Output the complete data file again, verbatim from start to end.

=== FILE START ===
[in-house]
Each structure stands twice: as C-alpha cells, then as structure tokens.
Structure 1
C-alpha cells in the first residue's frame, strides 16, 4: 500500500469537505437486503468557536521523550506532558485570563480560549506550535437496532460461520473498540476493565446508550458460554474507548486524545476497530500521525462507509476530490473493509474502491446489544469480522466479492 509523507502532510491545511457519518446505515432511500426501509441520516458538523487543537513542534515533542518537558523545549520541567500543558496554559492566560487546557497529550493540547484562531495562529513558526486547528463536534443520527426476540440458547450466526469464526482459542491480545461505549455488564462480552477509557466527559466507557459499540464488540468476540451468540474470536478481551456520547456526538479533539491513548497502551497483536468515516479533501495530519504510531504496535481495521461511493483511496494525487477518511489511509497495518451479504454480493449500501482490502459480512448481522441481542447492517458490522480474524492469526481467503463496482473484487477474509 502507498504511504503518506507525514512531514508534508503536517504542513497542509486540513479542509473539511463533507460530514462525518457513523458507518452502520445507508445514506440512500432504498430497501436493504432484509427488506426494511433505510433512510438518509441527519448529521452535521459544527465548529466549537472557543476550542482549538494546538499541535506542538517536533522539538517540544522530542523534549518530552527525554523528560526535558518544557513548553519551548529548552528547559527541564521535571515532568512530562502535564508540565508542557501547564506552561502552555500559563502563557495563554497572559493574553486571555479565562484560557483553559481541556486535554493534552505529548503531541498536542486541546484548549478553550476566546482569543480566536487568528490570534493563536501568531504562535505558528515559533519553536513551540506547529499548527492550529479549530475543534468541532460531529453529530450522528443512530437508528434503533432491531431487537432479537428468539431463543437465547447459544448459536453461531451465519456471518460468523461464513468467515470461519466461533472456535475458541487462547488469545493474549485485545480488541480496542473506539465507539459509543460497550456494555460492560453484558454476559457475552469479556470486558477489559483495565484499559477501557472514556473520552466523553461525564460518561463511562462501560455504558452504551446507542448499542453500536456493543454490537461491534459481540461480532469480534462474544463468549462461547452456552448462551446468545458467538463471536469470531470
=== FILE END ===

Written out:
[in-house]
Each structure stands twice: as C-alpha cells, then as structure tokens.
Structure 1
C-alpha cells in the first residue's frame, strides 16, 4: 500500500469537505437486503468557536521523550506532558485570563480560549506550535437496532460461520473498540476493565446508550458460554474507548486524545476497530500521525462507509476530490473493509474502491446489544469480522466479492 509523507502532510491545511457519518446505515432511500426501509441520516458538523487543537513542534515533542518537558523545549520541567500543558496554559492566560487546557497529550493540547484562531495562529513558526486547528463536534443520527426476540440458547450466526469464526482459542491480545461505549455488564462480552477509557466527559466507557459499540464488540468476540451468540474470536478481551456520547456526538479533539491513548497502551497483536468515516479533501495530519504510531504496535481495521461511493483511496494525487477518511489511509497495518451479504454480493449500501482490502459480512448481522441481542447492517458490522480474524492469526481467503463496482473484487477474509 502507498504511504503518506507525514512531514508534508503536517504542513497542509486540513479542509473539511463533507460530514462525518457513523458507518452502520445507508445514506440512500432504498430497501436493504432484509427488506426494511433505510433512510438518509441527519448529521452535521459544527465548529466549537472557543476550542482549538494546538499541535506542538517536533522539538517540544522530542523534549518530552527525554523528560526535558518544557513548553519551548529548552528547559527541564521535571515532568512530562502535564508540565508542557501547564506552561502552555500559563502563557495563554497572559493574553486571555479565562484560557483553559481541556486535554493534552505529548503531541498536542486541546484548549478553550476566546482569543480566536487568528490570534493563536501568531504562535505558528515559533519553536513551540506547529499548527492550529479549530475543534468541532460531529453529530450522528443512530437508528434503533432491531431487537432479537428468539431463543437465547447459544448459536453461531451465519456471518460468523461464513468467515470461519466461533472456535475458541487462547488469545493474549485485545480488541480496542473506539465507539459509543460497550456494555460492560453484558454476559457475552469479556470486558477489559483495565484499559477501557472514556473520552466523553461525564460518561463511562462501560455504558452504551446507542448499542453500536456493543454490537461491534459481540461480532469480534462474544463468549462461547452456552448462551446468545458467538463471536469470531470